National flags representing Canada, Mexico, and the U.S. are lit by stage lights at the North American Free Trade Agreement, NAFTA, renegotiations, in Mexico City, Tuesday, Sept. 5, 2017. Donald Trump's administration is giving Canada until Friday to sign onto a bilateral trade deal between the U.S. and Mexico or be treated as "a real outsider" against whom punishing tariffs on autos will be imposed. THE CANADIAN PRESS/AP, Marco Ugarte
Dozens of Mexican ‘modern day slaves’ freed by police in Ontario
Dozens of Mexican “modern day slaves” who were allegedly forced to work as cleaners at vacation properties in Ontario for as little as $50 per month have been freed and offered legitimate employment, police announced Monday.
The provincial police and the Barrie, Ont., force said they launched an investigation into the alleged scam last year after receiving multiple tips from the public. They found that the alleged victims were lured to Canada believing they would be offered jobs and educational opportunities.
“Forty-three people were brought into Canada under misleading circumstances, and were promised a safer life and more opportunities,” said Barrie police Chief Kimberley Greenwood. “…these individuals are now free from the control of the people who wished to exploit them for their personal gain.”
The operation targeting the alleged human trafficking ring took place on Feb. 5 and also involved the Canada Border Services Agency, police said.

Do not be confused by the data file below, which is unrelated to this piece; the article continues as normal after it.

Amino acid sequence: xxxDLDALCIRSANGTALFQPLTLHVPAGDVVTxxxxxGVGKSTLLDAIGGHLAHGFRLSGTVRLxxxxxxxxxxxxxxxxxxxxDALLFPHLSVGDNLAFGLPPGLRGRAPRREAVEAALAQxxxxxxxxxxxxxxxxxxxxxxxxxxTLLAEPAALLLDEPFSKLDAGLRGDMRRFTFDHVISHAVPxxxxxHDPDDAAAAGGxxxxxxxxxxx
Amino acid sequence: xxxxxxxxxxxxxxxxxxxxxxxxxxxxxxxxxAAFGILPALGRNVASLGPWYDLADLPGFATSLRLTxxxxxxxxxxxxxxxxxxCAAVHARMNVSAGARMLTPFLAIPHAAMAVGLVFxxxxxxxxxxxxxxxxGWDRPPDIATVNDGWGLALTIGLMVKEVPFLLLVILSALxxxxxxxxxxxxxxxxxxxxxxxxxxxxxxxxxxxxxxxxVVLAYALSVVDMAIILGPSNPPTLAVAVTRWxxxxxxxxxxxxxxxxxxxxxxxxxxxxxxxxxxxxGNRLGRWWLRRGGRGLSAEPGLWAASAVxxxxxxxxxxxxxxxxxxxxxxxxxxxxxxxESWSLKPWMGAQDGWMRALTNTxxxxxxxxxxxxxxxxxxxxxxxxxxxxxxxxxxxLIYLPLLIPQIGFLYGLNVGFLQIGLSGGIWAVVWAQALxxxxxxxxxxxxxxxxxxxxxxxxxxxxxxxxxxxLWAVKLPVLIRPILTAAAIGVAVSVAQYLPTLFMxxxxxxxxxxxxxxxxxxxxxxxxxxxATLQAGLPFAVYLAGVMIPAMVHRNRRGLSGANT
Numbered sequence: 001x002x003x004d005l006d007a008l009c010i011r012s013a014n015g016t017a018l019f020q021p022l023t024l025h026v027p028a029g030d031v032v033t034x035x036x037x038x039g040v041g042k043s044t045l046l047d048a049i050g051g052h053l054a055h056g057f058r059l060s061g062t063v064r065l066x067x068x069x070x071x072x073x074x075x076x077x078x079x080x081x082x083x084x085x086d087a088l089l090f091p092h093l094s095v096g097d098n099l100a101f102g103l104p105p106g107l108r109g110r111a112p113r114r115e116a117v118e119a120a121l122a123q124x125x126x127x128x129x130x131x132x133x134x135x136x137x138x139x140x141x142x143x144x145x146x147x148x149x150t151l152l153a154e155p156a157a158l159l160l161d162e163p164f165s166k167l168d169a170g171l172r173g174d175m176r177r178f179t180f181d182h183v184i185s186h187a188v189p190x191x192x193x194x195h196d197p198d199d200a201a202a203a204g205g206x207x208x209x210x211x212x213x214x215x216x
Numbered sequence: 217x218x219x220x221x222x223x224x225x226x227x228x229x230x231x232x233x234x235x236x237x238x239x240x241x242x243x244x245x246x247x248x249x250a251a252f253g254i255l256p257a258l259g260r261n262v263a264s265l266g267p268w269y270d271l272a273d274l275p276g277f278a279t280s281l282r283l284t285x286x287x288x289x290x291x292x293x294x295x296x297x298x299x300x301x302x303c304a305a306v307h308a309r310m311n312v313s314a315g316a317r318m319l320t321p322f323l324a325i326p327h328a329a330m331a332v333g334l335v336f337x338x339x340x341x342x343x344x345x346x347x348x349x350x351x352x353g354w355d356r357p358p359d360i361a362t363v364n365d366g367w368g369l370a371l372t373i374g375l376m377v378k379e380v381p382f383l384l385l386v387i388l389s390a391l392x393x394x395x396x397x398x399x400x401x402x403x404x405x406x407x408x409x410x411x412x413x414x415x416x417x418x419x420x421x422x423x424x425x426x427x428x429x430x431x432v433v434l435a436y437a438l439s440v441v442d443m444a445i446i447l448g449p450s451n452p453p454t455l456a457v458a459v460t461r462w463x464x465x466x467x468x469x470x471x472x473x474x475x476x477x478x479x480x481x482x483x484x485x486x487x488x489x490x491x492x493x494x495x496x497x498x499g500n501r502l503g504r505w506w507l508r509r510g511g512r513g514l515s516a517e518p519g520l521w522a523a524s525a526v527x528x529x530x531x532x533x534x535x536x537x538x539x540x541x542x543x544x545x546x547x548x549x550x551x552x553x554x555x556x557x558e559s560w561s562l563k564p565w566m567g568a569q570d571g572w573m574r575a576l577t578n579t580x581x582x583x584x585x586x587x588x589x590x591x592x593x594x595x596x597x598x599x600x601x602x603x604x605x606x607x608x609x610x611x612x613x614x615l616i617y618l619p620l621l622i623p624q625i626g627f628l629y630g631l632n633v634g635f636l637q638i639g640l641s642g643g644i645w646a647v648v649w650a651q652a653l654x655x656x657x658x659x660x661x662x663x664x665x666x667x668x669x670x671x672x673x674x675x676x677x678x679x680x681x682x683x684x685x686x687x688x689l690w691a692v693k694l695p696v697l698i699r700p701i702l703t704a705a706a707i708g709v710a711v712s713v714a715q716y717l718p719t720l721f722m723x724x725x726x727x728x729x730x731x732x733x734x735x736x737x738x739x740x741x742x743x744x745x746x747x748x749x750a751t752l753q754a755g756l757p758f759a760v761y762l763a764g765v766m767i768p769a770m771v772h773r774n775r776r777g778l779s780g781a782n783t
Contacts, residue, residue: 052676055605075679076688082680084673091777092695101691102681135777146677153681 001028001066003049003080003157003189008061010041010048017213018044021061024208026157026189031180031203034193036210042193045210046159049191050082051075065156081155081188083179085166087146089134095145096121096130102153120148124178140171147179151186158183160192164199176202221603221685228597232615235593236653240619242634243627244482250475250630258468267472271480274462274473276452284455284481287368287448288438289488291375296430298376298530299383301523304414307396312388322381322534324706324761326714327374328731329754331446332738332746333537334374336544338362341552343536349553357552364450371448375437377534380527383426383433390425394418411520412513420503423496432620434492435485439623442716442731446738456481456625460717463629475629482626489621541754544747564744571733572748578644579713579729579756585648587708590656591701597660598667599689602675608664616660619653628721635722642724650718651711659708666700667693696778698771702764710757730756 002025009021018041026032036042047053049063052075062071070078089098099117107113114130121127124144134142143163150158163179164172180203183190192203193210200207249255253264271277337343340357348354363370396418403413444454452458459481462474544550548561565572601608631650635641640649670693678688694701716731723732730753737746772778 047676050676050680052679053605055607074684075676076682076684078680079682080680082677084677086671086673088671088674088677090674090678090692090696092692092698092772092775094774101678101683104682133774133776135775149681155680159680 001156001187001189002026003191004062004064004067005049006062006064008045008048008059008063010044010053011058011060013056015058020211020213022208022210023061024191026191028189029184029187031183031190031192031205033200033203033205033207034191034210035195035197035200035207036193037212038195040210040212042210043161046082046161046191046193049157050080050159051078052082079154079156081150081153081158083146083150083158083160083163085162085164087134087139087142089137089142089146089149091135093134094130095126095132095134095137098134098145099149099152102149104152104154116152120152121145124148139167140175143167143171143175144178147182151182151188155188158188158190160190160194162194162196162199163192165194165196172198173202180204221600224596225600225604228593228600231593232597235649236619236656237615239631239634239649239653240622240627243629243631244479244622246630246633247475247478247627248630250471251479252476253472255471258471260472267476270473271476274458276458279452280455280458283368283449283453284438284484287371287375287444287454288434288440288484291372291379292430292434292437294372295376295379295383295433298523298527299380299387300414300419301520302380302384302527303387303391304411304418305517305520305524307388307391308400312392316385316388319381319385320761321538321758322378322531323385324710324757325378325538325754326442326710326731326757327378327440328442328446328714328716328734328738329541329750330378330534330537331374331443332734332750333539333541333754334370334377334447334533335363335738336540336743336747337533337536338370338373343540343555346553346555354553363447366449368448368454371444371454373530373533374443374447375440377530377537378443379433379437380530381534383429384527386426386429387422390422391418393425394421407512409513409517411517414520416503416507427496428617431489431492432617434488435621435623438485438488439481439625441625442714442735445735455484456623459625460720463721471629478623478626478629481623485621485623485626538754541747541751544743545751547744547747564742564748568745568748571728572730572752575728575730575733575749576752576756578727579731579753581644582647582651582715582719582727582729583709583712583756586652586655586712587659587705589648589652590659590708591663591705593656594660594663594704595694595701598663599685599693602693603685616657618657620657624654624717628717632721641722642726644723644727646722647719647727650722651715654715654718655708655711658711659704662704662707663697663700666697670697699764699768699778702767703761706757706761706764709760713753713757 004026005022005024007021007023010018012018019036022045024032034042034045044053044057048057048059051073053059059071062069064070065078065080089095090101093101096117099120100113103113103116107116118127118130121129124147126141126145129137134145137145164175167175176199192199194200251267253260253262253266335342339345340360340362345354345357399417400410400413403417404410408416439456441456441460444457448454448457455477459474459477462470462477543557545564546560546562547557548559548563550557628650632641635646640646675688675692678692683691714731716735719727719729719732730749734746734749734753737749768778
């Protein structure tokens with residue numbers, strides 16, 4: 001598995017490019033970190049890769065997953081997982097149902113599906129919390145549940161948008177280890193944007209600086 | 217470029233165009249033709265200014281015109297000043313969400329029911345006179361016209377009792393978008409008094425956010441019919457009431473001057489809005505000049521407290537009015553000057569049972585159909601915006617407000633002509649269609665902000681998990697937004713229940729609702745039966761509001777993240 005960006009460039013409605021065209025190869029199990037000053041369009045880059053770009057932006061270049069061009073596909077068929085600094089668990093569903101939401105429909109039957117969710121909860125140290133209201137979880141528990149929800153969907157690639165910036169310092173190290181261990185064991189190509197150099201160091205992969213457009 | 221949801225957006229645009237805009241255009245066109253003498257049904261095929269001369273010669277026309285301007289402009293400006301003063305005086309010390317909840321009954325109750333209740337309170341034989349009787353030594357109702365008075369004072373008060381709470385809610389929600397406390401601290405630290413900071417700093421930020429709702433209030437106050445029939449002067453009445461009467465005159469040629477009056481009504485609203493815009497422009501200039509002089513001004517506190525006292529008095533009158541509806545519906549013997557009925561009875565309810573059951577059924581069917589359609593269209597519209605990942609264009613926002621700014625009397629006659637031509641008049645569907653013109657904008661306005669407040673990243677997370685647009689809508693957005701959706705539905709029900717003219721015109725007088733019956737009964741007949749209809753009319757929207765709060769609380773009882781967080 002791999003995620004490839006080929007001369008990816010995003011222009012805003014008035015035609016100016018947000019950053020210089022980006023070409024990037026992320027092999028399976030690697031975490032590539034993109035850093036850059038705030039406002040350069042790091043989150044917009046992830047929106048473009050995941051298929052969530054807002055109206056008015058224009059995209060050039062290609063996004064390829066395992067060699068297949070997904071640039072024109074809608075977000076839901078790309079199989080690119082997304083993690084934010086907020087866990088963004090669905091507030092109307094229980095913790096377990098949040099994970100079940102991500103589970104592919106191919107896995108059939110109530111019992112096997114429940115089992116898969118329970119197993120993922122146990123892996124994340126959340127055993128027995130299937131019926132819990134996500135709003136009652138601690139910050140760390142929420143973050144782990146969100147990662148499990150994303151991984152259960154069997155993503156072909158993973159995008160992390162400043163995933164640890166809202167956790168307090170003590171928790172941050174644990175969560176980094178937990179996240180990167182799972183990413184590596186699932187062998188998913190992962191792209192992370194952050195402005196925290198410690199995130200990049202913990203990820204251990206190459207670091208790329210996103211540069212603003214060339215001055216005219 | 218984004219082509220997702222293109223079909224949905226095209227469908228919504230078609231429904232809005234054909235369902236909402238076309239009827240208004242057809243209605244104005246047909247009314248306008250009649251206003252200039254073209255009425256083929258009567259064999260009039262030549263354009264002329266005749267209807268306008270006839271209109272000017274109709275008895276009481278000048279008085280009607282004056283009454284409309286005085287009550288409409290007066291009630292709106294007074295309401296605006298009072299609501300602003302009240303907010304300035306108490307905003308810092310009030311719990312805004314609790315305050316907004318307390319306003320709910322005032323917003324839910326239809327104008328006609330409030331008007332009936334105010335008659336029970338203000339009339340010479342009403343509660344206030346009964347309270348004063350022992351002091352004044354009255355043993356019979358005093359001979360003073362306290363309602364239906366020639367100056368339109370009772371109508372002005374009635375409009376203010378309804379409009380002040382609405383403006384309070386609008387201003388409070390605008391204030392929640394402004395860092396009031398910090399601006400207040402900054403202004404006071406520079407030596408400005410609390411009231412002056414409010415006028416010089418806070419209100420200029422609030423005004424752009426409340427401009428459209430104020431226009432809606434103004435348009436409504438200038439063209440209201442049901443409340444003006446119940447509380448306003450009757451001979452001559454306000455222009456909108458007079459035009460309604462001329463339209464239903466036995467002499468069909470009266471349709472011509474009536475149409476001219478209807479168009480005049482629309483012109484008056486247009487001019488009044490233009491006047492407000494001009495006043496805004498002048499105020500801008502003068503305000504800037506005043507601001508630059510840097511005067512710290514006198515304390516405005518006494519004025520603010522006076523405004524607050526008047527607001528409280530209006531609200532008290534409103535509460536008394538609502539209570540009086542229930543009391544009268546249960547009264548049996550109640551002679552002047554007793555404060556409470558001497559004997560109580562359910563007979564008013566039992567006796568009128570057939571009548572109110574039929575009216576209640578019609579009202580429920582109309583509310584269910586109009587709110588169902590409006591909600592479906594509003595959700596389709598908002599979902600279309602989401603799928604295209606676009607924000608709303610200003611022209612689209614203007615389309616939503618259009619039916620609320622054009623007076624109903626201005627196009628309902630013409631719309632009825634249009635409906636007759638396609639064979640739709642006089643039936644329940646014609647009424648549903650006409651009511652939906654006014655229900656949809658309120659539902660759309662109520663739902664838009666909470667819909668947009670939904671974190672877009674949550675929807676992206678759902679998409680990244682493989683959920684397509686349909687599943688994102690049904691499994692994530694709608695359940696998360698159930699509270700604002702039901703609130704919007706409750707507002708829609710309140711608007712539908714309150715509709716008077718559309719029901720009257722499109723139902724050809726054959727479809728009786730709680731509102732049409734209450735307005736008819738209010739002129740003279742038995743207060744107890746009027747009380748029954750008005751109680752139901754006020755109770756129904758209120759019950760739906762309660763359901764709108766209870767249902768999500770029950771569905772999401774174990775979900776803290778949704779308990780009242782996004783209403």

The Mexican workers have since been offered accommodations and legitimate employment at a local resort, said Greenwood, adding that those individuals are communicating with Immigration and Refugees Canada about their status in the country.
“We have to acknowledge that this is the first time that we have seen a labour human trafficking operation of this nature and size in our area,” she said.
The workers, whose hometowns were not released, arrived in Canada by plane, a police spokesman said.
“The 43 victims were transported to Canada, coached on what to say as they entered the country but then made to live in squalid conditions at locations in Barrie and Wasaga Beach,” OPP Deputy Commissioner Rick Barnum said. “From there, their situation only became worse.”
Barnum said the workers, who were mostly men, were driven to and from towns in central and eastern Ontario every day and forced to clean vacation properties and a hotel. They were made to pay their alleged traffickers large sums of money for transportation and housing, and were only allowed to keep less than $50 a month in some cases.
As many as 250 officers and support staff searched 12 properties last week and rescued the workers from their situation, Barnum said.
“One of the victims said to our officer, ‘Last night, I went to bed a slave. This morning, I woke up a free man,'” he said.
Police are keeping close track of two people who were allegedly running the Barrie-based cleaning company that employed the foreign workers as the investigation continues, Barnum said, adding that criminal charges would be laid later.
“Let me be clear that we’re not taking away from the criminal acts that have been committed,” he said. “In fact, we aim to discover every dollar that these individuals profited from holding people as labour slaves. We intend to find a place at the end of this investigation where these people can have a long time to think about how they victimized others.”
For now, Barnum said, the workers’ needs are being put first.
“You can imagine how traumatic this experience has been for the victims, and possibly their loved ones and others who may be ensnared in this very same situation.”
Nicole Thompson, The Canadian Press